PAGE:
“Life is a train of moods like a string of beads; and as we pass through them they prove to be many colored lenses, which paint the world their own hue, and each shows us only what lies in its own focus.” Ralph Waldo Emerson.
This is the epigram that starts Moods, the first serious novel by Louisa May Alcott. As the title of the book and this epigram suggests, ‘moods’ is the main theme of the novel. A theme that got painfully diluted when the book first published in 1864. As per the publisher’s orders, Louisa had to cut her book to half and give it a more conventional ending. It must have hurt the author to alter her first book so much. So, after the Little Women had given her success and power of fame, she revisited Moods (in 1882) and published a new version of it with a brand new ending.
As she wrote in the preface of the 1882 version of Moods, “When Moods was first published, . . . it was so altered, to suite the taste and convenience of the publisher, that the original purpose of the story was lost sight of, and marriage appeared to be the theme instead of an attempt to show the mistakes of a moody nature, guided by impulse, not principle.”
The story of Moods
Moods tells the story of a young girl Sylvia. The heroine has just turned 18 and is still unsure of herself and ignorant of the world. At such a young age, she’s offered the love of two men. These two men are best friends, both are dear to Sylvia, both are worthy, both love with fervor and truth. Sylvia feels the pull off Adam’s magnetism and strong character. There lies her passion. In Geoffrey, she has a true, gentle friend precious to her heart. Misunderstanding causes Sylvia to give up the man she passionately loves and marry the man she considers her best friend.
The girl is innocent, the husband is loving, the lover is worthy and returned after having thought lost. All in all, a total tangle of emotions and loyalties. The rest of the novel is spent in untangling this tangle.
Moods is a character driven book. And although some of the characters seem unrealistic at times, they are so beautifully described that it is easy to fall in love with them.
Sylvia, the heroine, might be an expression of author’s own restless spirit and desire for freedom. She is a tomboy at heart, yearning for adventures and excitement. But the Victorian values bind her to her home and quiet domestic duties. In her young heart, there’s a constant restlessness for something more. Sylvia understands neither her restlessness, nor is capable of controlling her moods or stopping herself from acting upon them. She feels stifled in the narrow limits of her world and yearns for the intellectual stimulation and freedom that men enjoy. She has a sensitive nature. When she feels she has erred, she is ready to go through any pain to make amends.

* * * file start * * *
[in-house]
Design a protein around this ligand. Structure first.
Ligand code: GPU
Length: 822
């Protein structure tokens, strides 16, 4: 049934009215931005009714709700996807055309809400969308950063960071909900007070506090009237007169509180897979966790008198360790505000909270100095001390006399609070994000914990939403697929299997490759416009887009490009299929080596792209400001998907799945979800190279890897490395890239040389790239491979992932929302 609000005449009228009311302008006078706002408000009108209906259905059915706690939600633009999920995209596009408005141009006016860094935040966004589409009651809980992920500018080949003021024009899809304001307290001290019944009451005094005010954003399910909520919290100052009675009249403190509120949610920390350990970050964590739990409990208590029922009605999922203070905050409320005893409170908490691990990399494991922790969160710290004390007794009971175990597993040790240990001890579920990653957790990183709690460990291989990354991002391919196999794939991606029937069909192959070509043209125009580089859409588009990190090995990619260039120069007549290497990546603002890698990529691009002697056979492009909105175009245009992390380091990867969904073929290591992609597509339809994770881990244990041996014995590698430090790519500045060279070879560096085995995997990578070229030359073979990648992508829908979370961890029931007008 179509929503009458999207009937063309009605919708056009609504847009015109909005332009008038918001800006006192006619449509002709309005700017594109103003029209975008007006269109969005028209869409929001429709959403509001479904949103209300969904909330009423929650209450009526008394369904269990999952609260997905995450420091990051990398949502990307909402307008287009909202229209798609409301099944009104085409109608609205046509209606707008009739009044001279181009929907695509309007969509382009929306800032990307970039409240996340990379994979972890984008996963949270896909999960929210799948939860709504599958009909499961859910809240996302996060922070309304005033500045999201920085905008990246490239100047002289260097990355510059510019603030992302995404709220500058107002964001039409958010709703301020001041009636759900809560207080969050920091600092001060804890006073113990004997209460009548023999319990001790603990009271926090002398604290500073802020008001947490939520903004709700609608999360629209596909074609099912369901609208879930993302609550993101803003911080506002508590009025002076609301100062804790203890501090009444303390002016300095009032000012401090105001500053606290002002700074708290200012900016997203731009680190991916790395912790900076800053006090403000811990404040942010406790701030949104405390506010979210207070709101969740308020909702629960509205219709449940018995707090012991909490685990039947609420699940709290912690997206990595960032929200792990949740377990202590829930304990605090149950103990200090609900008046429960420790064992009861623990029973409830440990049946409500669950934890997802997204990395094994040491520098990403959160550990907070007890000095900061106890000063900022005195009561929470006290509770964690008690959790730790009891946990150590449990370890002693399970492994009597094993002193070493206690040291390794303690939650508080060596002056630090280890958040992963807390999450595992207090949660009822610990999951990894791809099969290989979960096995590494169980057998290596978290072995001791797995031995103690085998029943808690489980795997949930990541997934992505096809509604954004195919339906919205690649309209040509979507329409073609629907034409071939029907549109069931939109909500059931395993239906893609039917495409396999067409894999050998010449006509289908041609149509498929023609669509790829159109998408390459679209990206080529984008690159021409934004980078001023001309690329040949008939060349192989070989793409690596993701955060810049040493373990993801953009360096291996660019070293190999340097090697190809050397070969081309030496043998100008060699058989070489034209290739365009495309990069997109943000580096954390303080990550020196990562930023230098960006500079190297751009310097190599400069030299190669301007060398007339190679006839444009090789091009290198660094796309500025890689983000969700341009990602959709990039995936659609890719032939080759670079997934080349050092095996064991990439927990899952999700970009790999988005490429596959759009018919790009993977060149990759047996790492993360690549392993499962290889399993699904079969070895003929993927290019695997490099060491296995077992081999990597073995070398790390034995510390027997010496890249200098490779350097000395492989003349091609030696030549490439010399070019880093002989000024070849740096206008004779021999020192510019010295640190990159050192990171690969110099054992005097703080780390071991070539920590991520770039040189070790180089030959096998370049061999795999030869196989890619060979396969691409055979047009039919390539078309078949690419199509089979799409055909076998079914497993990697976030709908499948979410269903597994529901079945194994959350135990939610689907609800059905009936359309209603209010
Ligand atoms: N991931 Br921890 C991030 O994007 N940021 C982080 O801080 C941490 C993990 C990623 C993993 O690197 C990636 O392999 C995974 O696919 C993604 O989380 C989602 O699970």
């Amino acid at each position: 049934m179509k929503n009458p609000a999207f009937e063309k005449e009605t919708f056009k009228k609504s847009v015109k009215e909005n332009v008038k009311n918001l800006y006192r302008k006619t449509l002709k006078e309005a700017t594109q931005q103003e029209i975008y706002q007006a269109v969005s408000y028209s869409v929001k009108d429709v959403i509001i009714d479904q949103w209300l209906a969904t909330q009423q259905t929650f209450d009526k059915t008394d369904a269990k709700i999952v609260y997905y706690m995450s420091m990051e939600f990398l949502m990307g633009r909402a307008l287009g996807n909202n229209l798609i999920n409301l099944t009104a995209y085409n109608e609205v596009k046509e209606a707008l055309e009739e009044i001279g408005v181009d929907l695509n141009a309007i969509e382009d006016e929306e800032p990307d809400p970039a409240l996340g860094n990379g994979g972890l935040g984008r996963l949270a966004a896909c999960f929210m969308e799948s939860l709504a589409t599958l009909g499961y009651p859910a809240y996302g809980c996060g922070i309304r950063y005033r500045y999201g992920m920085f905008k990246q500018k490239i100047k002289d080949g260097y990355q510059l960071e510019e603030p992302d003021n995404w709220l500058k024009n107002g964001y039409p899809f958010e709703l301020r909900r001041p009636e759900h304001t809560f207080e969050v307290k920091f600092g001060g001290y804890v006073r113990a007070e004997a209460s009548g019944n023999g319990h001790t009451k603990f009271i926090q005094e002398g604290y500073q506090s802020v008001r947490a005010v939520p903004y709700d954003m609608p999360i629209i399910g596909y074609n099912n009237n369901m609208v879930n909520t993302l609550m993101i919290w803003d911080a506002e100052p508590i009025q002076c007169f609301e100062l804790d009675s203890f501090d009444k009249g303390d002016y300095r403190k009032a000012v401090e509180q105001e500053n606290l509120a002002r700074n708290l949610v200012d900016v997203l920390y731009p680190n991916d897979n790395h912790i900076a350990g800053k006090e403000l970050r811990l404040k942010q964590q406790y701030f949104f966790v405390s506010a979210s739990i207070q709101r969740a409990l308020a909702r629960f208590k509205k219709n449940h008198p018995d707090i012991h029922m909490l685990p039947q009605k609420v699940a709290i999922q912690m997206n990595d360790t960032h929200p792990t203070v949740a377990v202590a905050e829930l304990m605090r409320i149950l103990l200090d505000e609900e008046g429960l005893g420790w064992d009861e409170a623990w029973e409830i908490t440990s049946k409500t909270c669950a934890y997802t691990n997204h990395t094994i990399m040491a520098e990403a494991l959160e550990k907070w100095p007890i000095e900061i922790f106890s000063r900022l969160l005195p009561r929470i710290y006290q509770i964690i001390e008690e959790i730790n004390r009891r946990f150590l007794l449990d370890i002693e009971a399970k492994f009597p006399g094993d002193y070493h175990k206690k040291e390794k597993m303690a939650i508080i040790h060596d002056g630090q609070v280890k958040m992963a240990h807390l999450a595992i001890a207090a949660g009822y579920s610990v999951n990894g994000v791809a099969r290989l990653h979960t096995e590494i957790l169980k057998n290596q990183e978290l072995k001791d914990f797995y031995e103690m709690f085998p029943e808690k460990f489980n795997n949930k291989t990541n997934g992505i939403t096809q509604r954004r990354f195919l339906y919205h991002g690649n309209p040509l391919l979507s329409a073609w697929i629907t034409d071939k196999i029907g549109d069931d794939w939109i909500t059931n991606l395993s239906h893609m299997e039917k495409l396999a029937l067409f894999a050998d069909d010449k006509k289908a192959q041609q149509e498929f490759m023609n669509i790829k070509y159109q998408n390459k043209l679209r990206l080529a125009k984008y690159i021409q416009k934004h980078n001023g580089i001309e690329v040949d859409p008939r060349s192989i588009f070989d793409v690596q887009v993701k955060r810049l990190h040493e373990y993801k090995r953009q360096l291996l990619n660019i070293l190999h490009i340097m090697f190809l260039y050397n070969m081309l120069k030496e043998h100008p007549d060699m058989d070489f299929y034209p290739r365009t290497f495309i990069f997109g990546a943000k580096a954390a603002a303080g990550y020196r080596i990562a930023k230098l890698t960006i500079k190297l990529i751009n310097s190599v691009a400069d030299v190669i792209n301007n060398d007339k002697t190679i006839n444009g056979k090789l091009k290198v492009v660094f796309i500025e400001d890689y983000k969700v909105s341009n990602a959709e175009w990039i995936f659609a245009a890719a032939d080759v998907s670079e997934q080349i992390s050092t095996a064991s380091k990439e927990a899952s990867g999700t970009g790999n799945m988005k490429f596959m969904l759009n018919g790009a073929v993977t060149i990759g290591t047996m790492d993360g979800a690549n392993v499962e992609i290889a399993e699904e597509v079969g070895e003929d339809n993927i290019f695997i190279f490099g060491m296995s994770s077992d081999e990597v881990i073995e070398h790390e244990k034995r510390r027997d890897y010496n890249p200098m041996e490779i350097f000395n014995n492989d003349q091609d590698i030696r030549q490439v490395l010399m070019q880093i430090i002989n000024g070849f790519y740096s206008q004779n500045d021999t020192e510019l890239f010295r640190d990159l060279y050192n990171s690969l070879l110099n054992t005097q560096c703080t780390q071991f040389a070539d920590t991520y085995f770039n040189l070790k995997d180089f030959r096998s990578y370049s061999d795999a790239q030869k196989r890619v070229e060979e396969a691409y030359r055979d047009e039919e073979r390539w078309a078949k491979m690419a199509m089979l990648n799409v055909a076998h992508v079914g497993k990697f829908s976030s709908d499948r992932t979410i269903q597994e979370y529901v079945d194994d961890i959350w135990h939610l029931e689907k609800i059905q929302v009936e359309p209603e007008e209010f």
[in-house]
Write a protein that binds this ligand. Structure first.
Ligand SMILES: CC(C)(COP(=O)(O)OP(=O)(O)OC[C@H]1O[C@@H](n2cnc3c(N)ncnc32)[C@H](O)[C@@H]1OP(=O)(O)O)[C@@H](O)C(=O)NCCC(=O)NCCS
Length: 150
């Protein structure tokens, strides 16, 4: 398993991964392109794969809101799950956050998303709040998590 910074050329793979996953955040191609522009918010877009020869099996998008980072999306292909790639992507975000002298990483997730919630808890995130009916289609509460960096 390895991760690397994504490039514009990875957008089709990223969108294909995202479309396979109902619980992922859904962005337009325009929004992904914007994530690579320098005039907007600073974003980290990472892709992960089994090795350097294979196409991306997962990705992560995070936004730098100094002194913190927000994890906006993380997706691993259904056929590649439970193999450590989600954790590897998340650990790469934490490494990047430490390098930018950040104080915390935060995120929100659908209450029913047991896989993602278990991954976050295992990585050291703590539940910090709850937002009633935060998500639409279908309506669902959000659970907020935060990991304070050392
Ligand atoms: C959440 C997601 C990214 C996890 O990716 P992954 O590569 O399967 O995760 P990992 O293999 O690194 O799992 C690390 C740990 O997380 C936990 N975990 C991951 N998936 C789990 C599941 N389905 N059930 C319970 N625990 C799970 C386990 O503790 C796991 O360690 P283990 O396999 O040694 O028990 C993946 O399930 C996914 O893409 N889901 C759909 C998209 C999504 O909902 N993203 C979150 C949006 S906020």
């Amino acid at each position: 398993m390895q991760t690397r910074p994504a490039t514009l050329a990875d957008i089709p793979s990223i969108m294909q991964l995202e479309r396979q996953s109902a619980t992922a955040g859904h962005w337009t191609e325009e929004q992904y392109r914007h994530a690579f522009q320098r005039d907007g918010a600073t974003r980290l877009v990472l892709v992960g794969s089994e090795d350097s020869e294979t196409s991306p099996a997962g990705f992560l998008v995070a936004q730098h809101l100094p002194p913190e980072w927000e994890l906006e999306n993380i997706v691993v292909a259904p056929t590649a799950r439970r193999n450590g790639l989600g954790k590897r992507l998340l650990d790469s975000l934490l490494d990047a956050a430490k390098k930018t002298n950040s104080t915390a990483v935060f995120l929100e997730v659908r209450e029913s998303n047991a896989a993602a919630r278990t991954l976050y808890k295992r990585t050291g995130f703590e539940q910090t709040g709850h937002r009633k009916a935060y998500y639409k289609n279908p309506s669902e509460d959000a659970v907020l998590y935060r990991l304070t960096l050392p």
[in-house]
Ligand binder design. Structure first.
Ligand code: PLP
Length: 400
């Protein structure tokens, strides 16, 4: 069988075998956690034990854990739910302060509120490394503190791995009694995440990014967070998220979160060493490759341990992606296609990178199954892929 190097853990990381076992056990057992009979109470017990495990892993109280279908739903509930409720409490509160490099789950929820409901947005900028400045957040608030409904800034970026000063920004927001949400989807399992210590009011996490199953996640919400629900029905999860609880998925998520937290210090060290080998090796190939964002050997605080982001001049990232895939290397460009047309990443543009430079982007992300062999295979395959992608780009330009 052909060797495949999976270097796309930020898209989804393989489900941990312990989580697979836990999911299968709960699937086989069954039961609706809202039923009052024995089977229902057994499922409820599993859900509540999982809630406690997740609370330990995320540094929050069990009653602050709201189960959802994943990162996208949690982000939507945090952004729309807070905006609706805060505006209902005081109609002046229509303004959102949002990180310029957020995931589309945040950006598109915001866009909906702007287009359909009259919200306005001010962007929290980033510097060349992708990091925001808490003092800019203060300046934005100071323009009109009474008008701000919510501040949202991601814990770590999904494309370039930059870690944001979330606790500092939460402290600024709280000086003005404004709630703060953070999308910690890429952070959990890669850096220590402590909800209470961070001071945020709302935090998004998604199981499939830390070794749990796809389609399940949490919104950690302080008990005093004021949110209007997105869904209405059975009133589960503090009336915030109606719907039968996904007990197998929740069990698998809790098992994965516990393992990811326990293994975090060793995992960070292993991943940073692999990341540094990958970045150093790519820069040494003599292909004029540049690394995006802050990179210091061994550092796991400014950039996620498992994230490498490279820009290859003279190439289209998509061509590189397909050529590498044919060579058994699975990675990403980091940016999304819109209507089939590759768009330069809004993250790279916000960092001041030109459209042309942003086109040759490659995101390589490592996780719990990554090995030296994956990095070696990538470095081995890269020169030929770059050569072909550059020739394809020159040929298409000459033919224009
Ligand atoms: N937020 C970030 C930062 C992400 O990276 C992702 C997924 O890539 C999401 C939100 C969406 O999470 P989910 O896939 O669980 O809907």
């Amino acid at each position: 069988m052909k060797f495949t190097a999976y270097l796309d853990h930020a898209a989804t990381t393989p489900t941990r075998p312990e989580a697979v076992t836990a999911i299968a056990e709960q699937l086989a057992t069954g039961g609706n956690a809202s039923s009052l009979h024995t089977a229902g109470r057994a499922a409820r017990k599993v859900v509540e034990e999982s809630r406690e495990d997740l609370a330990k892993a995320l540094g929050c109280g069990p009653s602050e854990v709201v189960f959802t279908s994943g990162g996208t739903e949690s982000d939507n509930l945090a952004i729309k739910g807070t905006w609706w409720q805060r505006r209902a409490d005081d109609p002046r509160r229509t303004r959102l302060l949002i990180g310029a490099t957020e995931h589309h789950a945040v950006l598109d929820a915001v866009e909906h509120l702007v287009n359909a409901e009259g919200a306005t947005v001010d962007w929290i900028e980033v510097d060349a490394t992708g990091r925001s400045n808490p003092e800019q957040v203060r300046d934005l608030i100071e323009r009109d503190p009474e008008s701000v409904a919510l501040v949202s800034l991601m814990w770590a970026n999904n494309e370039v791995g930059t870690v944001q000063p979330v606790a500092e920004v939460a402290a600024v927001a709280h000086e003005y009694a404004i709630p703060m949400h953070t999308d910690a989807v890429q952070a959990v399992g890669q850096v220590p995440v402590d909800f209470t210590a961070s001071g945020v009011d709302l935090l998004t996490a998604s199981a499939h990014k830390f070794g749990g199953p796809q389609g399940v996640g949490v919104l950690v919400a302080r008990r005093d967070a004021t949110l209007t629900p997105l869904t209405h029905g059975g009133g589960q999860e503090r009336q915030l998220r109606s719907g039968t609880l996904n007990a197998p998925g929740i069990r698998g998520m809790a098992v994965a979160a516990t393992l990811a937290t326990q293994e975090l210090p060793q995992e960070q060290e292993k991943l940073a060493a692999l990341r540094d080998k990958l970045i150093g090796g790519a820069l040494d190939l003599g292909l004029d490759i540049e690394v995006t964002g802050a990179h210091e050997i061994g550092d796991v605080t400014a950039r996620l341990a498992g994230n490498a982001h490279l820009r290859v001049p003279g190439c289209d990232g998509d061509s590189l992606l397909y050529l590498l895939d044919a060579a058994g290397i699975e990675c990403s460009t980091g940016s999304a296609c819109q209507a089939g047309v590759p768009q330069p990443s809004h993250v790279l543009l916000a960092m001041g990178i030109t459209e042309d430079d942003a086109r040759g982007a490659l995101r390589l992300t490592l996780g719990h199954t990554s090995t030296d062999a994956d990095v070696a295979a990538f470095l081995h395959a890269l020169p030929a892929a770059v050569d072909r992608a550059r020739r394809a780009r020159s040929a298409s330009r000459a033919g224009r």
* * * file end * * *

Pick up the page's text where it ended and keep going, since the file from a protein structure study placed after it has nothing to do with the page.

Adam is ‘the lover.’ His character is said to be inspired by Henry David Thoreau. And while reading the book, I got the feeling that the author had fallen in love with the character she herself created.
Well, Adam is a man worth loving. Somewhat similar to the William Dobbin of Vanity Fair ( check my review of Vanity Fair), he is strong of resolve and principles and has an indomitable will. Adam, is ‘vehement and vigorous.’ When he goes to a war as a spectator, he emerges out of it a savior and a hero. His eyes command, even in love. Yet, he is gentle enough to let little birds twitter at his hands, and innocent enough to cry like a child when fate steals his love from him. But when principle and justice demands it, he can break his own heart and turn away from the same love.
“‘It is necessary to be just, it is not necessary to be happy,” he believes.
He is a true gentleman who ‘loved his friend more and himself less’ and who is ready to even bear his friend’s scorn just to take care of that friend in his need. Like the heroine, he too has a restless spirit. He is too strong, too high-principled, too restless, and too much a man of action. And this is neither good for his own peace, nor for the happiness of his beloved.
Geoffrey Moor (the husband):
“Geoffrey is proud and private in all that lies nearest him, clings to persons, and is faithful as a woman.”
Moor is an intelligent, honest and worthy man, capable of forgiveness and patience. He has strong, enduring feelings which he keeps locked in his heart. He gives up the freedom of five years of his youth to take care of his ailing sister. Geoffrey Moor has a deep sense of pride and dignity. Despite being a passionate lover, he would rather give up his greatest bliss than accept it as charity. He is a man of gentleness and understanding. Geoffrey cannot overrule with his daunting character like Adam. But he can wait and be your friend even if it means walking through pain everyday.